5 March 2021:
R&RA is disappointed by new guidance on visiting published yesterday by the Government. It doesn’t go nearly far enough to provide older people with the support needed to protect their wellbeing, or to make sure meaningful visits become a reality. We have been campaigning to end isolation in care and for clear visiting guidance as a first step towards this. Sadly, the new guidance is unclear, at times confusing, full of caveats, and fails to provide the clear direction needed to ensure change happens. It seems to have no basis in the reality of what it is like to live or work in a care home. We will be producing a summary of the guidance and how it relates to other legal duties of care providers, to help families to understand and use it.
The guidance fundamentally misunderstands the kind of support people living in care need, particularly those with dementia and other conditions, and the role relatives/friends play in their lives. Allowing one person to visit and hold hands will be very welcome for some residents. But most people will need much more physical contact to protect their wellbeing. This should not be a tick-box exercise with a fixation on hand-holding at the expense of all the other types of contact and interactions necessary for protecting wellbeing.
People living in care have now faced a year of isolation, having a devastating impact on wellbeing. We know from our helpline callers how desperate people are to reconnect with their family and friends, rekindle lost relationships and memories, and get back to a life that’s worth living. The guidance is only a first step to making this happen.
The devil is in the detail
So, how does the detail of the guidance stack up against the six point plan we published about the change needed?
It is welcome that the Government has answered our call to allow essential caregivers access to help protect resident’s wellbeing. However, the definition of where this applies is much more restrictive than that already in use in Scotland. We are concerned this will lead to difficult conversations with care providers about who is able to gain access to provide this kind of support.
The guidance allows a single named visitor for face-to-face visits who are able to hold hands but not have close physical contact like hugging. Many of our helpline callers will welcome this as a first step to end isolation in care. But asking residents to choose a single person will lead to heart-breaking, difficult conversations at a time when residents have already faced so much and staff are already stretched. It is welcome that other visits (behind screens/windows/pods) can still take place with additional people but we know from our helpline that these kinds of visits simply don’t work for many residents with dementia, hearing problems and other conditions. On privacy, the guidance should have been much clearer that this is essential to protect people’s rights. On timed visits, again there is a lack of clear direction and understanding that flexibility on this is fundamental to protecting people’s wellbeing.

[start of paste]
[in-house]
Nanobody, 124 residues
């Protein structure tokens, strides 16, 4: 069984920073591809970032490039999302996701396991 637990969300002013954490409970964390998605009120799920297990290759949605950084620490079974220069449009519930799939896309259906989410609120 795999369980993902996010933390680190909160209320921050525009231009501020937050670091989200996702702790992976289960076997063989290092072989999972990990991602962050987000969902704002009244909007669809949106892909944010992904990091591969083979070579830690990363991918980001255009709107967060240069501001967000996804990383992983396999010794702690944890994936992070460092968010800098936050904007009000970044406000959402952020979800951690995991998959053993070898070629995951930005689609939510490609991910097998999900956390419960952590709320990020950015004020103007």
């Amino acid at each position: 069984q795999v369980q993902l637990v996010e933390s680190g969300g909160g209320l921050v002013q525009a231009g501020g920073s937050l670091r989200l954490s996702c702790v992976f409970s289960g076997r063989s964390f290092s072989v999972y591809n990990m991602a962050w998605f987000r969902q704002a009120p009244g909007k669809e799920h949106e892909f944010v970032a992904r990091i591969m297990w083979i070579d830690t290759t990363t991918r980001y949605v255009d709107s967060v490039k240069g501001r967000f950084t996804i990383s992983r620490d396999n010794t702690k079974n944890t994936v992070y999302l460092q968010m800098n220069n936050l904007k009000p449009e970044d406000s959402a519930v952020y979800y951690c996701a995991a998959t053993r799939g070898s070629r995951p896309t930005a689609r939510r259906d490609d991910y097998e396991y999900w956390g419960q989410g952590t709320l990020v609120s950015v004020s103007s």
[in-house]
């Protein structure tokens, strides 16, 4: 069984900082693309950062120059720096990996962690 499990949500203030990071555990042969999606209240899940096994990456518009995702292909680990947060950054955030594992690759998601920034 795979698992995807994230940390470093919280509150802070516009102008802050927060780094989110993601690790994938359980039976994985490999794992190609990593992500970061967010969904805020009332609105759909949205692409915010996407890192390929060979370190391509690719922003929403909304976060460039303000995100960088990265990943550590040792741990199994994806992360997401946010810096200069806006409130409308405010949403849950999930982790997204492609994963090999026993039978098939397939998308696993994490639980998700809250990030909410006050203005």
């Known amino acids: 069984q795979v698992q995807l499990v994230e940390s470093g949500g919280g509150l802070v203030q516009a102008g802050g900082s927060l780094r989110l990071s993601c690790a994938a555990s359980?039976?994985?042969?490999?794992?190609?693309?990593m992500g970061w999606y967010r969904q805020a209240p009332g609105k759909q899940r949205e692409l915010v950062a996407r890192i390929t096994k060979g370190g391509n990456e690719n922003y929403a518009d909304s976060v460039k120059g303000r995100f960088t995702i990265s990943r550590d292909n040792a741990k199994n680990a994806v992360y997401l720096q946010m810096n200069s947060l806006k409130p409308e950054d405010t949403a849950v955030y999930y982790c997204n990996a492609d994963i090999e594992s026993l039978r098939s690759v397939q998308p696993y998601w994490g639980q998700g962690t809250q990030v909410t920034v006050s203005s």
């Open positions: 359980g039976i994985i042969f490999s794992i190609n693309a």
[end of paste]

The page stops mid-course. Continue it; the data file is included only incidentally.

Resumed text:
Very little has changed to this part of the guidance, other than adding links to NHS and BGS guidance on end of life. We remain concerned that end of life visits will continue to be granted by homes only at the very end of life.
There are welcome additions to the guidance about managing outbreaks, including a clear direction that blanket approaches are not appropriate and there should be discretion for care homes recognising individual circumstances/variations. It is also welcome that essential caregivers will continue to provide support during outbreaks. However, the definition of an outbreak, and when it is over, remain unchanged. We are concerned that this will continue to mean perpetual, rolling lockdowns for some homes, which risk keeping residents in permanent isolation.
R&RA had called for the new visiting rules to be mandatory, or for the Care Quality Commission to monitor compliance. Unfortunately neither route has been taken. We are concerned that the new guidance lacks the teeth necessary to ensure change happens on the ground. Instead the guidance continues to put the onus on care homes to decide how to implement but without providing the clarity and direction needed to make sure this happens.
No strategy has been produced on wider reopening of care homes, including ending restrictions on visits out or reinstating face-to-face contact with health practitioners and other professionals.
Contact our helpline for support on how to use the guidance to reunite your family here.
Read more detail about the change we called for in our six point plan here.
Support our work here.